The Art of Ancient Civilizations

Reproduced by Thomas Baker

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Ancient Theran wall mural showing a bare-breasted woman holding a necklace, reproduced in oil paint on a textured wooden panel by Thomas Baker

Reproduction of a Theran wall mural

"Woman With a Necklace"

(approx. 3600 years old) by Thomas Baker

48 X 48 inches, oil on plaster-textured wood panel

This painting is available for purchase; price $6500.00 (U.S.) Contact Thomas Baker

Prints of this painting are available--click here for info

The Minoan dress shown in the above fresco was replicated and worn by a model to create a new painting, "Ariadne"

(see thumbnail below; click to enlarge)


Prints of this painting are available--click here for prices and ordering info

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The Theran Frescoes: A Tantalizing Glimpse of Atlantis

Thera was an island colony of the Minoan civilization of seafarers that was centered on the island of Crete , off the southern coast of Greece, and was the forerunner of classical Greek culture. Located on the island known today as Santorini, Thera was destroyed and buried when the island exploded in a catastrophic volcanic eruption around 1630 BC., an event that may have ultimately doomed the entire Minoan world, and which many scholars now believe gave rise to the legend of Atlantis. The buried city of Akrotiri was discovered on Thera in the early 1970's, and the Greek government began excavation. The work continues today, made difficult by overlaying volcanic ash as much as fifty feet deep in places. Fragments of beautiful wall murals such as this one, that I have named "Woman With a Necklace," have been found in many of the houses, and are being painstakingly reassembled in archaeological laboratories like large jigsaw puzzles (although, as this reconstruction shows, sometimes not all the pieces can be found). I have recreated some of these murals as they appear today in the Athens Museum of Archaeology. (For more information on Thera, see this website, and there are more links in the text beneath my Girl Gathering Crocus Flowers reproduction). As noted above, I also replicated the clothing shown in this and other Theran paintings and used it as the basis of my modern painting "Ariadne."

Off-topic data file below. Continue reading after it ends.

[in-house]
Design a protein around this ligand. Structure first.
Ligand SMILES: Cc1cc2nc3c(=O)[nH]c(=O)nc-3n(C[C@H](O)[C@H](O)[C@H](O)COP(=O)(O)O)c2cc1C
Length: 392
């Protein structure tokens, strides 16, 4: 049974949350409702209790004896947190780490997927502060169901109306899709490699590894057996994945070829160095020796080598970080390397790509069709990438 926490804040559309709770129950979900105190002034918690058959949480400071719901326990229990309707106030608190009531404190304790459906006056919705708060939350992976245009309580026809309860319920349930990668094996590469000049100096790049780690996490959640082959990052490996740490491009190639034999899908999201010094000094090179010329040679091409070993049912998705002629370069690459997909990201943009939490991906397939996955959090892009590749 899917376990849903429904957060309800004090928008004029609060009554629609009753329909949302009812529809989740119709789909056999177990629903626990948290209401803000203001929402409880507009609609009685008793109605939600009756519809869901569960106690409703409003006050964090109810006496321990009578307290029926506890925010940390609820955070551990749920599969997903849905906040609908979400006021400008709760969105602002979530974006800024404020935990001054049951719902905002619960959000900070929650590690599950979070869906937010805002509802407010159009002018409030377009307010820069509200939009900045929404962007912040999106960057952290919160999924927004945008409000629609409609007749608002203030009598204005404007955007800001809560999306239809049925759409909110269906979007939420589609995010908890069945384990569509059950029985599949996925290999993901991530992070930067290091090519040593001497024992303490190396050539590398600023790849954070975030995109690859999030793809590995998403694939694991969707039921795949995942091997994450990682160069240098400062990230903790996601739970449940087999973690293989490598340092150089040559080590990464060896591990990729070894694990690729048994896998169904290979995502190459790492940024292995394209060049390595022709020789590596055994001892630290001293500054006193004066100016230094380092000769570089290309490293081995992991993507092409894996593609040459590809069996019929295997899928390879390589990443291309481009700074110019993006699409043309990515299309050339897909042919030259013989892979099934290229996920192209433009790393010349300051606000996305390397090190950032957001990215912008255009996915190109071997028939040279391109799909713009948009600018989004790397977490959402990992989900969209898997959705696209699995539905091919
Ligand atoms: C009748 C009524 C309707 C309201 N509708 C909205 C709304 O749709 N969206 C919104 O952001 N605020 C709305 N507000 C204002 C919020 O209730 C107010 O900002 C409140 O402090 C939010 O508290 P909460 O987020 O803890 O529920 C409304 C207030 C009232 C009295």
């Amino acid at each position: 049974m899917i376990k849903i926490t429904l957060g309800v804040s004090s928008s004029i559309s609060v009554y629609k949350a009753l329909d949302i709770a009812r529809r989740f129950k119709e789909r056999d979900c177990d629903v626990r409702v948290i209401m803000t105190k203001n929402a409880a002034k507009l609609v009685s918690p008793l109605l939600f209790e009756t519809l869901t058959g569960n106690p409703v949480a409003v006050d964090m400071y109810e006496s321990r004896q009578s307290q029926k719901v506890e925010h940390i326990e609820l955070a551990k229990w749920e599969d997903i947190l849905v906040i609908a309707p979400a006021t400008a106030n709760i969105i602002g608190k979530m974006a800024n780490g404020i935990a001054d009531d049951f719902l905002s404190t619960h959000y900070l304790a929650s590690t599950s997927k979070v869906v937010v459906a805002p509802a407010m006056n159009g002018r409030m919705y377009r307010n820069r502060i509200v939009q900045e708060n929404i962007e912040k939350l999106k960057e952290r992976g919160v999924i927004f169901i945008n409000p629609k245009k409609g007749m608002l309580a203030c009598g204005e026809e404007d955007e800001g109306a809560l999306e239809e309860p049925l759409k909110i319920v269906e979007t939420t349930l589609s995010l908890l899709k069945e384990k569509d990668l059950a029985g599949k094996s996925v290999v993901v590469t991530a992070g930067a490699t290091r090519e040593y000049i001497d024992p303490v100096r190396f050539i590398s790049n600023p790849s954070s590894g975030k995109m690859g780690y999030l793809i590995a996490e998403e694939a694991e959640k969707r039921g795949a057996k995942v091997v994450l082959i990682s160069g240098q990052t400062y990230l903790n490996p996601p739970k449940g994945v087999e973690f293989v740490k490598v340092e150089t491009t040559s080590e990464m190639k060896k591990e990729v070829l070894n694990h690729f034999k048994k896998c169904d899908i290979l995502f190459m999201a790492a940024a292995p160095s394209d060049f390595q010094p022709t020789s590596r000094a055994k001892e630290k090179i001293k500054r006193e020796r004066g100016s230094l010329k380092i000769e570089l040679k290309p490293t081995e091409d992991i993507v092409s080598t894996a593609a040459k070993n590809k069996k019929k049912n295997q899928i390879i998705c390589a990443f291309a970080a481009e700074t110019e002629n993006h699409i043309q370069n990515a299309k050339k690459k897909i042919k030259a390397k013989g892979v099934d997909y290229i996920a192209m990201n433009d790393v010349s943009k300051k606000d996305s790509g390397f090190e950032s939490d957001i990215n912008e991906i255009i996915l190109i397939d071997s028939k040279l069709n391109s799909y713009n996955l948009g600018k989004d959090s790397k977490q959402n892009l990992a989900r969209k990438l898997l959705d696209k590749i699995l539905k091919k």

Unlike Egyptian, Hittite, and similar art of the time, which usually featured stiff, symbolic representations of humans and military themes, the Minoans painted light, natural, airy scenes of everyday life, showing flowers, birds, monkeys, and sea life such as octopi and leaping dolphins. In these paintings Minoan women wear elaborate jewelry and and colorful costumes that bare their breasts, as seen here. This girl wore a blouse of transparent fabric thousands of years before women of the Edwardian era put on similar garments (though not quite as revealing) to have their portraits painted by John Singer Sargent (see my reproductions of Sargent's paintings). In an interesting exercise in practical archaeology, I used modern sheer fabrics to recreate this blouse, along with an authentic Minoan skirt, and used the costume on a model to paint my illustration of the Greek legend of Ariadne.

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